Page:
This paper aims to explore the social entrepreneurs’ attention allocation and their resource action that lead to hybrid organization using the paradox theory. Paradox theory deepens understandings of the varied nature, dynamics and outcomes of entrepreneurial tensions. This study explores the systematic effects of internal and external attention on both economic and social performance.
First, theoretically, hypotheses linking different attention allocations to ambidextrous behavior and entrepreneurial performance were formulated. Subsequently, the empirical studies based on Chinese social entrepreneurship were conducted to test the hypotheses.
The study provides support to the hypotheses showing that external attention is linked to resource acquisition and social performance, while internal attention is linked to resource acquisition and strategic human resource management and thus these ambidextrous behaviors promote both social and economic performance. Furthermore, normal pressure moderates the relations between internal attention and strategic human resource management only.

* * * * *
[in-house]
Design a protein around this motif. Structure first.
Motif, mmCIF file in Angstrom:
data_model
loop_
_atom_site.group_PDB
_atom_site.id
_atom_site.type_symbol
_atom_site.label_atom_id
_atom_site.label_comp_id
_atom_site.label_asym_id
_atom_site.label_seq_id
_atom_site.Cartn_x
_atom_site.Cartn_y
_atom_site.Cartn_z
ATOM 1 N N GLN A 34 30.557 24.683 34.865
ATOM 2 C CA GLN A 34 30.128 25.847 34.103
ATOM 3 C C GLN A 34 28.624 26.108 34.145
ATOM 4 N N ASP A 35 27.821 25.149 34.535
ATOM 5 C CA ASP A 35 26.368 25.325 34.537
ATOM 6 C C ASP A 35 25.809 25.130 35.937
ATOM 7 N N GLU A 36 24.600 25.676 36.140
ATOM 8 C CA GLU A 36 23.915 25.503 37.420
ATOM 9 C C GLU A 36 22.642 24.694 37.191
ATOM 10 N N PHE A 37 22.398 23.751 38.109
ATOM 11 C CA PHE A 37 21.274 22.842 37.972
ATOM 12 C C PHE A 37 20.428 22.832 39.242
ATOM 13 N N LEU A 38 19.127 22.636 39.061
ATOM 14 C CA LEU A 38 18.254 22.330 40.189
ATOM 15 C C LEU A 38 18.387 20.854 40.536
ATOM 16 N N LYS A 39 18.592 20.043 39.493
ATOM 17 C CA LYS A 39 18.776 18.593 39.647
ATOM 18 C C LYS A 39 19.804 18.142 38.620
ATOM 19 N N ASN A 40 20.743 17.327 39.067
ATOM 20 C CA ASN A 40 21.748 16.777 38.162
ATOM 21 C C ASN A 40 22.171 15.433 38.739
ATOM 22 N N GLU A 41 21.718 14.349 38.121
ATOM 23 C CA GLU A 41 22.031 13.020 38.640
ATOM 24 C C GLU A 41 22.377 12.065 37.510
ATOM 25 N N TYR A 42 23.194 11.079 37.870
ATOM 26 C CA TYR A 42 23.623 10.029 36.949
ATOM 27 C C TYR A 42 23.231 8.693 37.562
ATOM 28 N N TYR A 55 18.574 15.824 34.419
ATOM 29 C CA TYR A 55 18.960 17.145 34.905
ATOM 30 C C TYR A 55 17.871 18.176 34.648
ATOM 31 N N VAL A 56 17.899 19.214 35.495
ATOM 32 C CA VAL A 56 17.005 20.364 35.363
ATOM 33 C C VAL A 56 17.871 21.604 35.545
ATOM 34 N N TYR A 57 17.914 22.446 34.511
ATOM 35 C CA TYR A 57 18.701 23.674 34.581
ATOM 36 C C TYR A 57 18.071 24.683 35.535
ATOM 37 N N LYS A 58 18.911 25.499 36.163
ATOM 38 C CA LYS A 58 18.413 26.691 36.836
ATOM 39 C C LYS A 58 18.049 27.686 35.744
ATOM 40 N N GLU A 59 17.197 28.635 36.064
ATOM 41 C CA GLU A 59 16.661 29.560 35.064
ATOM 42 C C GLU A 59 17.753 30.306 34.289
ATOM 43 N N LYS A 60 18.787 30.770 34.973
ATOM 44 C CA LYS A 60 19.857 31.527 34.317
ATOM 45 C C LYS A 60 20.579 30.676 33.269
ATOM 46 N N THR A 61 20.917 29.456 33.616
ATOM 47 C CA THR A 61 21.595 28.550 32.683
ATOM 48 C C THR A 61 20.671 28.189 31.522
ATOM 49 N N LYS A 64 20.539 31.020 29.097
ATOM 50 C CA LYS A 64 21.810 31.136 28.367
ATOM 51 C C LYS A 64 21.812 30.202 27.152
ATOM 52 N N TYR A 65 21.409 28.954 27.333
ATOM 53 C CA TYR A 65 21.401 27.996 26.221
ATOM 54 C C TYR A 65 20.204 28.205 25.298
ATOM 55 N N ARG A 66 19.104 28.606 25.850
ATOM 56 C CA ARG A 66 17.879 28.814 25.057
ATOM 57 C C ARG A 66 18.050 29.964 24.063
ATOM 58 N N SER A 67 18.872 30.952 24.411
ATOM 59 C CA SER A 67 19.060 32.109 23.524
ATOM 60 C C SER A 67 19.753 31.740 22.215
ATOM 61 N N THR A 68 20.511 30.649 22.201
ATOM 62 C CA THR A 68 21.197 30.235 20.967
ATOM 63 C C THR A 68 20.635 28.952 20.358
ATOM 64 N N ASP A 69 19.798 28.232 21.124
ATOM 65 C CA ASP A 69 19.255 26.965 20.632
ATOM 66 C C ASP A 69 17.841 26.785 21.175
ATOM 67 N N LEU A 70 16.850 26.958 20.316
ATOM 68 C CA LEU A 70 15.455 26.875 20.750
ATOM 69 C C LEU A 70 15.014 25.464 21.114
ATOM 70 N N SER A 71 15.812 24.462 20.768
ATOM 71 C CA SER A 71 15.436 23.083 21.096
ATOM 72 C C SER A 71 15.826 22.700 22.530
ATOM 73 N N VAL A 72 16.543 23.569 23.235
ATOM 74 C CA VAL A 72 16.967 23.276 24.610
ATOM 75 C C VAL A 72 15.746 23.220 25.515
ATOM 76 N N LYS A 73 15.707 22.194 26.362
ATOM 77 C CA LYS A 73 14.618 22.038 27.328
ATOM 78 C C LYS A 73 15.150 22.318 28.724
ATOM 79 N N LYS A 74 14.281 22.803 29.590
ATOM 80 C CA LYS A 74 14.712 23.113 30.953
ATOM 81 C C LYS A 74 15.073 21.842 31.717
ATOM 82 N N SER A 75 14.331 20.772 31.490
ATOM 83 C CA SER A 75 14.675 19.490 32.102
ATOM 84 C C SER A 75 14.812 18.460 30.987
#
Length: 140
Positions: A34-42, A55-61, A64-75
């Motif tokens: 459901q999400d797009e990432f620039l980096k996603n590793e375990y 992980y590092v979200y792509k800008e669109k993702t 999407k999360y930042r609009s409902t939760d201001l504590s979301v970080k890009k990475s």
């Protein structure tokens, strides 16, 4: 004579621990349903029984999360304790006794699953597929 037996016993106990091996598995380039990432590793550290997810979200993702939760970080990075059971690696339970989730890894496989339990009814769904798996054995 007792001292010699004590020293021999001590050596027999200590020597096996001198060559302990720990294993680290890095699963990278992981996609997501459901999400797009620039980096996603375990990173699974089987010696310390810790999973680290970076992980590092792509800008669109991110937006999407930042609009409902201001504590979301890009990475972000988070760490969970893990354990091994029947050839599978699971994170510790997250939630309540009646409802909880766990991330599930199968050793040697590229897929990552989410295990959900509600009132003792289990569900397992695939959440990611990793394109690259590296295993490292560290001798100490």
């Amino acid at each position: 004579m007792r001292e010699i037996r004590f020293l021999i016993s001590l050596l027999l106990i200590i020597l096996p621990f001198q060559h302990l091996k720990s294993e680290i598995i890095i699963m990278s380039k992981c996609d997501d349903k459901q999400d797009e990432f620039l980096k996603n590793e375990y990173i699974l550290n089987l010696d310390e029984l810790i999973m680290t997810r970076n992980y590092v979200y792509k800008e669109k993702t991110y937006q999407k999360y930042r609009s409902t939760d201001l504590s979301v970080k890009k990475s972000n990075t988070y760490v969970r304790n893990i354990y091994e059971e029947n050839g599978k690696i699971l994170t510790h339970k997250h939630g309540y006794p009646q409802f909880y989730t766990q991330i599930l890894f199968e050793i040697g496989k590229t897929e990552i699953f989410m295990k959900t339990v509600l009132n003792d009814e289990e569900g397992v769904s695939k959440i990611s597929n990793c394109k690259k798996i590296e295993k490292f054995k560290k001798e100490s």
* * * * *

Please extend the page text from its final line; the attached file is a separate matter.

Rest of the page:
The research measures entrepreneurs’ attention with questionnaire rather than psych test. Also, static data rather than longitudinal research is designed to test the hypotheses.
Deeper understanding of the attention of social entrepreneurs and resource action can help entrepreneurial outcomes and can potentially contribute to paradox and tension management by entrepreneurial practitioners in China.
Social entrepreneurs’ different attention allocation and related entrepreneurial ambidextrous behavior processes are linked to paradoxical thinking for the first time. The findings of this research can potentially enhance social entrepreneurship paradoxical thinking aimed at preventing mission drift.
Zheng, W., Bronson, J. and Lin, C. (2020), "How social entrepreneurs’ attention allocation and ambidextrous behavior enable hybrid organization", International Journal of Conflict Management, Vol. 31 No. 3, pp. 509-528. https://doi.org/10.1108/IJCMA-10-2019-0188Download as .RIS
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